Options for Knee Osteoarthritis

Treatments for knee osteoarthritis (OA) fall into these basic categories: self-care, medically managed, minimally invasive, and surgical. Here we review what’s shown to be the most effective, relevant treatments according the degree of OA damage.

Advances in Understanding and Treatment

OA was once thought of as purely a “wear and tear” mechanical event, but a growing body of evidence supports the belief that joint inflammation also contributes to OA.

“In the knee joint there are many proinflammatory chemicals that eat away at the meniscus and cartilage,” explains UCLA Interventional Radiologist Sid Padia, MD. “With time, as the thick cartilage breaks and cracks, these chemicals are released and in turn cause more breaking and cracking. It’s a vicious cycle.”

Dr. Padia and other researchers and clinicians seek to stop this inflammatory process, preserve the joint, and in so doing decrease pain and improve mobility. Researched and validated in Japan and now refined and available at UCLA is a procedure called genicular artery embolization (GAE). It’s a minimally invasive, image-guided treatment that reduces the blood flow that feeds inflammation in the knee. Research presented at the 2018 Society of Interventional Radiology’s Annual Scientific Meeting suggests that this nonsurgical treatment could improve quality of life for patients with mild to severe OA knee pain.

A Minimally Invasive Procedure

Interventional radiologists perform GAE for knee pain by inserting catheters through a pinhole-sized incision in the leg and injecting particles that block the very small arteries or capillaries within the lining of the knee. This reduces the inflammation caused by OA, and can potentially decrease pain and restore mobility. As an outpatient treatment, GAE does not require open surgery and is performed with conscious sedation with intravenvous, not general, anesthesia.

“The final result is that the artery is maintained but inflammation has disappeared,” explains Dr. Padia. “The procedure takes about two hours. There are no stitches; just a bandage is applied. The patient is typically walking that evening.”

According to Dr. Padia, GAE is meant for moderate to severe OA and where other conservative methods have either failed or are no longer working. These include joint injections, such as steroids or hyaluronic acid, which can be helpful, but their effects can diminish over time. GAE is also an option for patients with conditions that make knee replacement difficult. For example, an 89-year-old patient of Dr. Padia was hesitant about undergoing the lengthy and often painful knee replacement physical therapy. He also has health conditions that increase anesthesia risk. GAE was a viable option.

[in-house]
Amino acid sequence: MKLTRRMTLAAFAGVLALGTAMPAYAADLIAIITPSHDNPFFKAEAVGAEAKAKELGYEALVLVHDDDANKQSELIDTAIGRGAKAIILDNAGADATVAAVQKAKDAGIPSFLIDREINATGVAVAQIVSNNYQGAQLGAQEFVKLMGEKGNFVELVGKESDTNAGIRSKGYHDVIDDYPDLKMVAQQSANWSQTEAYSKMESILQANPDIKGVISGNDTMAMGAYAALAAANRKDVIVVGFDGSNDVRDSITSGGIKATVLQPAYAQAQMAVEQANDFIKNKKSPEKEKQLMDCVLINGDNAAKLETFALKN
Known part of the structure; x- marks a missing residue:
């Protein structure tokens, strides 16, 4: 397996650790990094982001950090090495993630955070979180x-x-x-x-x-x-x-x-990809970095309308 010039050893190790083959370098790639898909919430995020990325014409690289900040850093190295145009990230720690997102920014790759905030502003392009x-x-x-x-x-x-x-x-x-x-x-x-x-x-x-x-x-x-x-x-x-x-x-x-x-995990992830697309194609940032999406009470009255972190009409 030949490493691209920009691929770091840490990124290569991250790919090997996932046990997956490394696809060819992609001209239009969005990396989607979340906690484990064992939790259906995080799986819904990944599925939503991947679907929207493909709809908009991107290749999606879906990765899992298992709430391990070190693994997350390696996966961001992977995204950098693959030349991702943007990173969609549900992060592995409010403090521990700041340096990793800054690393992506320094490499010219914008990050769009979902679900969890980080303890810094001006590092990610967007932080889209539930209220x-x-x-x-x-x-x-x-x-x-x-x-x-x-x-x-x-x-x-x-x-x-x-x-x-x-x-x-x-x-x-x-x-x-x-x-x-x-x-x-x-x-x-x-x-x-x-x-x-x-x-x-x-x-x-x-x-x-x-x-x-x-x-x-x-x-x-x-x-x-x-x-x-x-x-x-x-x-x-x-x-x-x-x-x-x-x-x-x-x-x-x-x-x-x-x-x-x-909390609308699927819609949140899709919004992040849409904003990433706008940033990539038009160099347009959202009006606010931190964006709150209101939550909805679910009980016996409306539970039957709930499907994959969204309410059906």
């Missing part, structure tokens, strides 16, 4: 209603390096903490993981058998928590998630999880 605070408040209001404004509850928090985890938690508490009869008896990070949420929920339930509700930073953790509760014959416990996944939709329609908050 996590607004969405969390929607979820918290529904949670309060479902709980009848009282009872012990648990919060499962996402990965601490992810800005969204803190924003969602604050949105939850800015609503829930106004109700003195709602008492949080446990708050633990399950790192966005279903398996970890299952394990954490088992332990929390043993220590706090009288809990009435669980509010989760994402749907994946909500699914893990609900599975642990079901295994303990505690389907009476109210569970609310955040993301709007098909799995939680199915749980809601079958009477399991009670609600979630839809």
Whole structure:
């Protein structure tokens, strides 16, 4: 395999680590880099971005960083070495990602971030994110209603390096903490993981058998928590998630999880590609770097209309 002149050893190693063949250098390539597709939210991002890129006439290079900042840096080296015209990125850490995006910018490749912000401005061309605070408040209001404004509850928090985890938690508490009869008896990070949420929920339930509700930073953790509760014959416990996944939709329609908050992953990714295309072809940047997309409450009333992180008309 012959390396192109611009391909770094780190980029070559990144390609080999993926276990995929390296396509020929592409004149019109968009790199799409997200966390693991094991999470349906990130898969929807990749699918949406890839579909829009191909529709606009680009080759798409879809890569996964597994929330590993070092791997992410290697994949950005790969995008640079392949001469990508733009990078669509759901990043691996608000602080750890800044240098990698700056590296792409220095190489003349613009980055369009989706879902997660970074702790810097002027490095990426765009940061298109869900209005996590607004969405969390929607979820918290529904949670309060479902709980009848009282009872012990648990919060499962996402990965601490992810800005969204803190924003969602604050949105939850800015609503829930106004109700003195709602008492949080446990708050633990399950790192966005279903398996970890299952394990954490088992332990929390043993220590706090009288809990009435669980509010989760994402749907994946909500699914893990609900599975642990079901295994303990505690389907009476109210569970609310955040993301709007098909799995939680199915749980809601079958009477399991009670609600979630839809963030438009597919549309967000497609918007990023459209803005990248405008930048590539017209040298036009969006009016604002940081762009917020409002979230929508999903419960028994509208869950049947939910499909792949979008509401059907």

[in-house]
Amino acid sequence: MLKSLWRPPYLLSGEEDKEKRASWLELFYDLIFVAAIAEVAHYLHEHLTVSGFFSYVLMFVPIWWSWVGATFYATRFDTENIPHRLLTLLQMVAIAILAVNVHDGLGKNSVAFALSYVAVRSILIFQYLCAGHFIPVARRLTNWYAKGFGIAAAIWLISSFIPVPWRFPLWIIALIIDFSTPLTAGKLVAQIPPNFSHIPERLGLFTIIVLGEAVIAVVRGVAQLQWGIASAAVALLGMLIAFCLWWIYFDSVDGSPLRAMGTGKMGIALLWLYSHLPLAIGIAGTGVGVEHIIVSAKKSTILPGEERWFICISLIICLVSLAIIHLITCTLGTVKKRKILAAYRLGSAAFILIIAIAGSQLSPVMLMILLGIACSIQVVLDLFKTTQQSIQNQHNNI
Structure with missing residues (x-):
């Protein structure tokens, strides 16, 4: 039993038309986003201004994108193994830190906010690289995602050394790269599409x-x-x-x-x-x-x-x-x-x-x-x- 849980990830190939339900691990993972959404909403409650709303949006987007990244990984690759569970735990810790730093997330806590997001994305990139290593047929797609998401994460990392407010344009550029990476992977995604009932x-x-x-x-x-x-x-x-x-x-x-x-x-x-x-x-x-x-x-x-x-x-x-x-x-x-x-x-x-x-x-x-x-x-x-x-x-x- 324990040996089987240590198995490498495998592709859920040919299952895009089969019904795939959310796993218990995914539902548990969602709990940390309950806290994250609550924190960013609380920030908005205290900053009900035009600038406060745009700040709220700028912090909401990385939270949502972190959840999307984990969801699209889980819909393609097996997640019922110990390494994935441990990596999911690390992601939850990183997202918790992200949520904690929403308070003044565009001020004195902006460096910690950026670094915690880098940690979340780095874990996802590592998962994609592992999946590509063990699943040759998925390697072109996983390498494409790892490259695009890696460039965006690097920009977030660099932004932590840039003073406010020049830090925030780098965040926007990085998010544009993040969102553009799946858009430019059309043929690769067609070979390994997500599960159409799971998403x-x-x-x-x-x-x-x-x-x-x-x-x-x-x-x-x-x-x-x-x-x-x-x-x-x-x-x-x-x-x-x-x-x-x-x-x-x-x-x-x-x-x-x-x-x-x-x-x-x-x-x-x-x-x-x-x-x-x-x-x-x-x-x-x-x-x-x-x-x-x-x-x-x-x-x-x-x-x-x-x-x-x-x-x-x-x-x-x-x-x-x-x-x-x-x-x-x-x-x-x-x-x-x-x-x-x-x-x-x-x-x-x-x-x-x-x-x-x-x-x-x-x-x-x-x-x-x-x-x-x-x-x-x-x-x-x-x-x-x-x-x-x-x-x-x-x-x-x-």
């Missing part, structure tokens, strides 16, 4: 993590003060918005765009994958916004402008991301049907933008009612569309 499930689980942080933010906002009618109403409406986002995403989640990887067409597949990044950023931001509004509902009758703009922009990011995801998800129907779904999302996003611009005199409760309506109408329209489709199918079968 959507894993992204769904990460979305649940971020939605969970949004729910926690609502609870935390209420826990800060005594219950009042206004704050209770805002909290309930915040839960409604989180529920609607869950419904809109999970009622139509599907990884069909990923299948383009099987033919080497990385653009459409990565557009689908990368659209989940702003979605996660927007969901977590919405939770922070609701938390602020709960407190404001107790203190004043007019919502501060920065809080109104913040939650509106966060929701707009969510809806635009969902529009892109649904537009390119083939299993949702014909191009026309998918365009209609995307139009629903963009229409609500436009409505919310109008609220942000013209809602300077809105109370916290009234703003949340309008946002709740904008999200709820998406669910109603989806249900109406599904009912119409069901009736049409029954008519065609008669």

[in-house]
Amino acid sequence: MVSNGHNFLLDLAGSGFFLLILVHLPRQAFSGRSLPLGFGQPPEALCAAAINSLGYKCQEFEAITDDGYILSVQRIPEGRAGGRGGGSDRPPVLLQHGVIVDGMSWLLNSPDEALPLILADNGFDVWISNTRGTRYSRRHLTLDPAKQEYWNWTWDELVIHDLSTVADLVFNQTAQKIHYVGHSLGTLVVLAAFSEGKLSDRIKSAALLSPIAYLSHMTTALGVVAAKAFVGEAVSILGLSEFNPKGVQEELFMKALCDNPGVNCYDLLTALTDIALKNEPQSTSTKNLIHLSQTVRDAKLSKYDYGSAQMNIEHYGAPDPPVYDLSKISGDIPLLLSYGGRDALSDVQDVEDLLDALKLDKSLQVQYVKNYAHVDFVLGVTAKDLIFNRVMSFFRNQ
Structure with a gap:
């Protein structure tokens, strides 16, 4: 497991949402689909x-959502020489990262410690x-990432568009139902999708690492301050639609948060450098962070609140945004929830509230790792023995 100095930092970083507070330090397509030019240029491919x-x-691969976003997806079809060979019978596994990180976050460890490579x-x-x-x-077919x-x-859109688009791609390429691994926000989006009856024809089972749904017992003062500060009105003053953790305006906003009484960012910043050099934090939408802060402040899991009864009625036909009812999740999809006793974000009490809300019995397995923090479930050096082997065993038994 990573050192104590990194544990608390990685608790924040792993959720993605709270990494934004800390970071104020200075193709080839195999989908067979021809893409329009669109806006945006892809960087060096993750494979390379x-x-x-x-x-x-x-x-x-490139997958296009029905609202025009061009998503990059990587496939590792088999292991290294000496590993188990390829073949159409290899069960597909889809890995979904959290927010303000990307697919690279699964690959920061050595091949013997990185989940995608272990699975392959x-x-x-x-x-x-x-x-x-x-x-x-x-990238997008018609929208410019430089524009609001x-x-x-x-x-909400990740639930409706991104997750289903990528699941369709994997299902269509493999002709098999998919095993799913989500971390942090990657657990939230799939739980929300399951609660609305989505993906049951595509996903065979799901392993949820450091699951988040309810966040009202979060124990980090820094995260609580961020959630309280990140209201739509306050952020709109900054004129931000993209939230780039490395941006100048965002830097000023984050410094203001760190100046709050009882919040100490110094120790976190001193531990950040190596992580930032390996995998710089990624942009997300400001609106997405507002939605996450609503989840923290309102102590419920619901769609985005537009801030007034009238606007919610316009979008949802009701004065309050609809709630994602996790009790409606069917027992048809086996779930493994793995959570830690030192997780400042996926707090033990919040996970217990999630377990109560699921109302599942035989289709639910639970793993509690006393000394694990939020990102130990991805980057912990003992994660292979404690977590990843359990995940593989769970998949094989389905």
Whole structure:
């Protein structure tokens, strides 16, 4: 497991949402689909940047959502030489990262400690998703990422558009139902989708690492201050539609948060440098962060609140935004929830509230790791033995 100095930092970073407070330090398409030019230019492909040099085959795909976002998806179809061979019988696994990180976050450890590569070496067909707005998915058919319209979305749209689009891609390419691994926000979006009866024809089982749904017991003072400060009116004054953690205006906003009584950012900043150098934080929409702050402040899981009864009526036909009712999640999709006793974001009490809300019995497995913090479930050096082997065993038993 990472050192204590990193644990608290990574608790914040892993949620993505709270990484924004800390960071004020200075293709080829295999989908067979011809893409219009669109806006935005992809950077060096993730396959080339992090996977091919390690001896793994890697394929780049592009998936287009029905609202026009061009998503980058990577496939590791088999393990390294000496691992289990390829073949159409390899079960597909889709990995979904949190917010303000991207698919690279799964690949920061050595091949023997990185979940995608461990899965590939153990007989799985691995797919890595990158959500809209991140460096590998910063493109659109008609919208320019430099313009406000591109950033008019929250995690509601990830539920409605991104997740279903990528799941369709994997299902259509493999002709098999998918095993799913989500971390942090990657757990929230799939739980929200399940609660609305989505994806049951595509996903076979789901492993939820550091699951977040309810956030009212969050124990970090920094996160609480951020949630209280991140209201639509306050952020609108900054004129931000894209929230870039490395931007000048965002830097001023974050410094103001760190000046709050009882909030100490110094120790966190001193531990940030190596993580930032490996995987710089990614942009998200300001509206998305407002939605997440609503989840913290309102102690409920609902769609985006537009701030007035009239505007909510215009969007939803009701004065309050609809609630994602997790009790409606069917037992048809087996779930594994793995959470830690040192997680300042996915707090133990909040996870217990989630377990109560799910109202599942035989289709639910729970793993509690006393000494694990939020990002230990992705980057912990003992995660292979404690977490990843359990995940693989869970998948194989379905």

“After two weeks he was able to walk three miles without pain,” says Dr. Padia. “The GAE success rate is 85 percent in patients with mild to moderate OA, and about 70 percent for those with severe pain.”

A 2017 study showed that GAE results are also progressive, meaning that pain decreases and function increases over time.

From Self-Care through Surgical Options

OA is categorized into five stages. Stage 0 is a normal healthy knee. To follow are the other stages and common treatment options for them.

Stage 1 is when bony outgrowths (bone spurs) begin developing and are visible on an x-ray. There is little to no pain at this stage. If you have a family history of OA, or are at increased risk (e.g., obesity, injury, overuse), your doctor might recommend an exercise routine and/or over-the-counter medications to relieve minor symptoms.

Stage 2, mild OA, results in more bone spur growth, and cartilage will be thinner on imaging (x-ray, MRI). Symptoms may include stiffness and joint pain, especially after prolonged sitting. Treatment can include physical therapy and strengthening the muscles around the joint. Braces and shoe inserts may help. Jumping, squatting, and kneeling should be avoided. NSAIDs, or acetaminophen (Tylenol) for pain as well as icing can also help.

Stage 3, moderate OA, is when damage to the cartilage is more obvious. Pain becomes more frequent with activities, such as knee bending, walking, and running. Joint swelling and stiffness are more common. Nonpharmacological treatments are typically less effective at this stage. Joint injections may be recommended. A steroid shot lasts up to six months. But the approach is limited as steroids can worsen joint damage in the long run. Hyaluronic acid injections may take several weeks to produce the full effect. It usually takes several injections, though there are now single-dose options available. Some people experience relief; others may not.

Stage 4 is severe OA. At this stage there is little to no cartilage remaining, and synovial fluid has diminished, resulting in bone-on-bone pain. Inflammation is severe, as is pain. Treatment often includes surgery for bone realignment, and partial or total knee replacement. Recovery can take months. Newer replacements can last for decades.

Research is under way on stem cell treatments, but the injections are not FDA approved. The advice is to avoid these treatments, unless they are part of an FDA-approved clinical trial. GAE is available at UCLA clinically (and then billed to insurance/Medicare). A trial seeking candidates is also under way at UCLA. The medical center covers the cost of the procedure and follow up. For more information on eligibility, contact Dr. Padia at spadia@mednet.ucla.edu.

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